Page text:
Re: [Suit] How are firmware and firmware versions expressed in manifest?

Eliot Lear <lear@cisco.com> Sat, 06 June 2020 09:04 UTC

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From: Eliot Lear <lear@cisco.com>
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Date: Sat, 6 Jun 2020 11:03:54 +0200
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Cc: Michael Richardson <mcr@sandelman.ca>, Dick Brooks <dick@reliableenergyanalytics.com>, "suit@ietf.org" <suit@ietf.org>, Henk Birkholz <henk.birkholz@sit.fraunhofer.de>
To: Hannes Tschofenig <Hannes.Tschofenig@arm.com>
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Subject: Re: [Suit] How are firmware and firmware versions expressed in manifest?
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The NTIA is conducting an effort relatied to this known as SBOM (Software Bill of Materials).  They are in trials with healthcare delivery organizations (HDOs) medical device manufacturers (MDMs) and software providers, including people from the Linux Foundation.  There are several different formats discussed, including Software ID Tags (SWID) (ISO-19770) and Software Package Data Exchange (SPDX) which looks very much like what you showed, Dick.  NTIA takes no position on what formats are used.  NIST is planning to move toward SWID as they transition away from the structure used in the National Vulnerability Database (NVD).  I take no position on which of these formats is better, so long as a downstream consumer can easily determine which format is being presented ;-)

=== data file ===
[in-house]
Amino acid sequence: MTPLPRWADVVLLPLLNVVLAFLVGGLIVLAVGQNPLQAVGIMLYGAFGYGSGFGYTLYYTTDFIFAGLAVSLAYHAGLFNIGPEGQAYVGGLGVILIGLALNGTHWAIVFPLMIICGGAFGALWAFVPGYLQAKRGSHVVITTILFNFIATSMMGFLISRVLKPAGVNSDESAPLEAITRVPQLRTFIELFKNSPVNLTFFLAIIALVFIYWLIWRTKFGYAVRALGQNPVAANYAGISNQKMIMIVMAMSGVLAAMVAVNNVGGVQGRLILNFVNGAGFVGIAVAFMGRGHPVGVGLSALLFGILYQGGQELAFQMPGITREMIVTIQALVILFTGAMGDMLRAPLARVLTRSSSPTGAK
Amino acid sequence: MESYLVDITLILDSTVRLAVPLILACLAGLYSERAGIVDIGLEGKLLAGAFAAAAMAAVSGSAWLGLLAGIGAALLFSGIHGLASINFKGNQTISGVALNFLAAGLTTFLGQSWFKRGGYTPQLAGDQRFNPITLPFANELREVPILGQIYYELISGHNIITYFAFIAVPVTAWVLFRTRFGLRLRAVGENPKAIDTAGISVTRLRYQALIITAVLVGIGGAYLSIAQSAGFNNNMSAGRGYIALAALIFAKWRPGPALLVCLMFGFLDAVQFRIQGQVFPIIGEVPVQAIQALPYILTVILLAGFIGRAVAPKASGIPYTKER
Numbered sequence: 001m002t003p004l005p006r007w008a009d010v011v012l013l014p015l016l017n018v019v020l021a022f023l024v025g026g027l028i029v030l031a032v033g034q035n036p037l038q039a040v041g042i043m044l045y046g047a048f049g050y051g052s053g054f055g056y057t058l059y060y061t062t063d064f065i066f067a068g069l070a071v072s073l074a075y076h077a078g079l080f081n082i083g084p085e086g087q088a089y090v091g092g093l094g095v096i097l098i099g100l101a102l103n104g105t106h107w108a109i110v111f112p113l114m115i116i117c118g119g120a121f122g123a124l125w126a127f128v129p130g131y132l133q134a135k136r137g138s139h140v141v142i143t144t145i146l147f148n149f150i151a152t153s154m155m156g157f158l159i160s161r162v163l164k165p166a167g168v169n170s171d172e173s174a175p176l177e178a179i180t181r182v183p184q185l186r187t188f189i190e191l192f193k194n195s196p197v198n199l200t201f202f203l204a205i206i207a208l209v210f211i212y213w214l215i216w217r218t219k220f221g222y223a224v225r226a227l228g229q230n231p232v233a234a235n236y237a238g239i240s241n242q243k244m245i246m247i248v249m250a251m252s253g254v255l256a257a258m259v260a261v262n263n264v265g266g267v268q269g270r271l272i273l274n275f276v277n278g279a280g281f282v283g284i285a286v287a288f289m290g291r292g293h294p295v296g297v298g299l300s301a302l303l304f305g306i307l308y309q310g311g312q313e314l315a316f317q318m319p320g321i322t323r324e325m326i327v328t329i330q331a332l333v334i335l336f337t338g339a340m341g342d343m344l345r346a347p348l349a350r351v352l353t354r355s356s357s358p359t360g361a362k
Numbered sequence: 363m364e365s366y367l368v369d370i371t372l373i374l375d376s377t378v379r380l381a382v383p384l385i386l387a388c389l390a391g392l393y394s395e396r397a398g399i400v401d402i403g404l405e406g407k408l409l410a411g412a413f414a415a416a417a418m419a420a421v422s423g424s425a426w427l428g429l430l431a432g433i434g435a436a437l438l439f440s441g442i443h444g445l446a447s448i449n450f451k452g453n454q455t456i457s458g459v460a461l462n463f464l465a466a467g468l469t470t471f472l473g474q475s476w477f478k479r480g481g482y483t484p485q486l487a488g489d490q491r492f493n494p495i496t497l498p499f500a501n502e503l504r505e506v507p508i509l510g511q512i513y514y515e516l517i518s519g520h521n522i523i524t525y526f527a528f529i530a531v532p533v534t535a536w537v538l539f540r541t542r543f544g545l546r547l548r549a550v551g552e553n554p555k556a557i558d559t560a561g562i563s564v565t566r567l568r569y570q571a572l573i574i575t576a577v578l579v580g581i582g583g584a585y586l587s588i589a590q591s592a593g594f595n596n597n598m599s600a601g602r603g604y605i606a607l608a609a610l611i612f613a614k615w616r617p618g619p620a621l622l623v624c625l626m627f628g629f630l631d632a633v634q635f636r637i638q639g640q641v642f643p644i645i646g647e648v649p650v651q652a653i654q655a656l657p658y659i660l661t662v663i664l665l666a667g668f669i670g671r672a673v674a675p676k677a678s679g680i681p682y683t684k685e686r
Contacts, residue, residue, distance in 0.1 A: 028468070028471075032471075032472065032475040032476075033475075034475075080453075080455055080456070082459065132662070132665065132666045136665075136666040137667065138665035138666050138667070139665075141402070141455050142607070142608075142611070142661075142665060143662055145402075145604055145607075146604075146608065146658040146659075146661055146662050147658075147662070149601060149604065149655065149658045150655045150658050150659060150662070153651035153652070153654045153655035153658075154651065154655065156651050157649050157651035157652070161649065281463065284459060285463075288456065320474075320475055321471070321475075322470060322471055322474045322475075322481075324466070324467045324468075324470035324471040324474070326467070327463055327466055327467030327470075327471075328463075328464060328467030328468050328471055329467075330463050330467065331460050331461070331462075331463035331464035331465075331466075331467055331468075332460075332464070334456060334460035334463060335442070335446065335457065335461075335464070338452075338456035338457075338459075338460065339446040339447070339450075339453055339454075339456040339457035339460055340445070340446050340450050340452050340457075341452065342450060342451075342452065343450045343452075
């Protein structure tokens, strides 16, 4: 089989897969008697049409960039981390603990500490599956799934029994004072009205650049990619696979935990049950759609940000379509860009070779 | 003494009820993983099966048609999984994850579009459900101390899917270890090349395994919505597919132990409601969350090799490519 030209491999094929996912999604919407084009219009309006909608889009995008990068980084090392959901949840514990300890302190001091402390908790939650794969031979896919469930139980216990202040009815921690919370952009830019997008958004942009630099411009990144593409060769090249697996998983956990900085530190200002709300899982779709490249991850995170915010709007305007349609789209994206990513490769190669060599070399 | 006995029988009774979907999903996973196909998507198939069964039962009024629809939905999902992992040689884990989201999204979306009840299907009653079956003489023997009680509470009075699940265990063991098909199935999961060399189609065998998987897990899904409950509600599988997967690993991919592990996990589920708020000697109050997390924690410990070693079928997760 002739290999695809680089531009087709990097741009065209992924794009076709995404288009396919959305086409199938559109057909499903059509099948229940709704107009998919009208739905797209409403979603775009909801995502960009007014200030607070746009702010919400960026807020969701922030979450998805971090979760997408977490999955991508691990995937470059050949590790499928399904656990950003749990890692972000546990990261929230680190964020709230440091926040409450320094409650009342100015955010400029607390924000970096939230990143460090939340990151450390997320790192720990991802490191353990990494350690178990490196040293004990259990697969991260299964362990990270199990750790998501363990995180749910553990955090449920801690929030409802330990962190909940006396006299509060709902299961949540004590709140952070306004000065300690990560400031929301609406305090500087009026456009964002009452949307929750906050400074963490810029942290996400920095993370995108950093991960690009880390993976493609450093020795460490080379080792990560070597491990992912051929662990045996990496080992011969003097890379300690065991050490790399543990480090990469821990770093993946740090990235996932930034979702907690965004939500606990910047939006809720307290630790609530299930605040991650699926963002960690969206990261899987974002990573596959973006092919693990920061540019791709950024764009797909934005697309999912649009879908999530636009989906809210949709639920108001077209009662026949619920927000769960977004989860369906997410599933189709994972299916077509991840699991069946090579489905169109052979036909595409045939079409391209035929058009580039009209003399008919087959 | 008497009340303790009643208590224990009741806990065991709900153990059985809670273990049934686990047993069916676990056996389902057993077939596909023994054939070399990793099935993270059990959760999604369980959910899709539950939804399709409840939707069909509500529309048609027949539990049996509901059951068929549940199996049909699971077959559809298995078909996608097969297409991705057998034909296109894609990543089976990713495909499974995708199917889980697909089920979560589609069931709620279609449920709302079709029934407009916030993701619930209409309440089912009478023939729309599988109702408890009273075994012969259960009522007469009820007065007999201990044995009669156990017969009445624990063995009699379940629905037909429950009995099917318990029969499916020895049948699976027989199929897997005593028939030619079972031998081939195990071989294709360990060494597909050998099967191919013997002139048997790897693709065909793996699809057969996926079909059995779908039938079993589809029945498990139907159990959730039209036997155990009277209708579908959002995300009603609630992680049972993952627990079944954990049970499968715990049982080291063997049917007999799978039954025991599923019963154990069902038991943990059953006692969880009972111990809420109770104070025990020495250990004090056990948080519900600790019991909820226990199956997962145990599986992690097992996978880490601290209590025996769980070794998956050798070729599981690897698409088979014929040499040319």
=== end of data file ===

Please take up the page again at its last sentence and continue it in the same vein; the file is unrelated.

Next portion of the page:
The goal of SBOM is to provide transparency throughout the supply chain as to what is running on an IoT device.  SBOMs at a minimum are intended to provide a manifest, and then optionally some additional stuff like a dependency graph, licensing information, and maybe some additional security attributes such as access requirements, and links assertions about whether a particular component has a vulnerability or has been patched.

The US FDA is planning to require SBOMs as a part of pre-sales qualification.

There are great many open issues with regard to SBOMs, some of which this group and the TEEP folk may wish to pursue.  The biggest issue is around naming.  When referring to Java, is that com.sun.java or com.oracle.java or does it matter?  When referring to a supplier, is that IBM or Red Hat (or if it’s REALLY old software, Cygnus)?

A similar issue arises with versioning.  Is that openssl 1.0.1 version patched or unpatched and how does one know?

Another issue is how an SBOM is retrieved.  What is its well known location?  Does the BOM reside on the device, and is there an interface to retrieve it?  If not, where else is it?  Is it even retrievable?  Does it require permissions to do so if it resides at a vendor locale, and if so, how is versioning managed?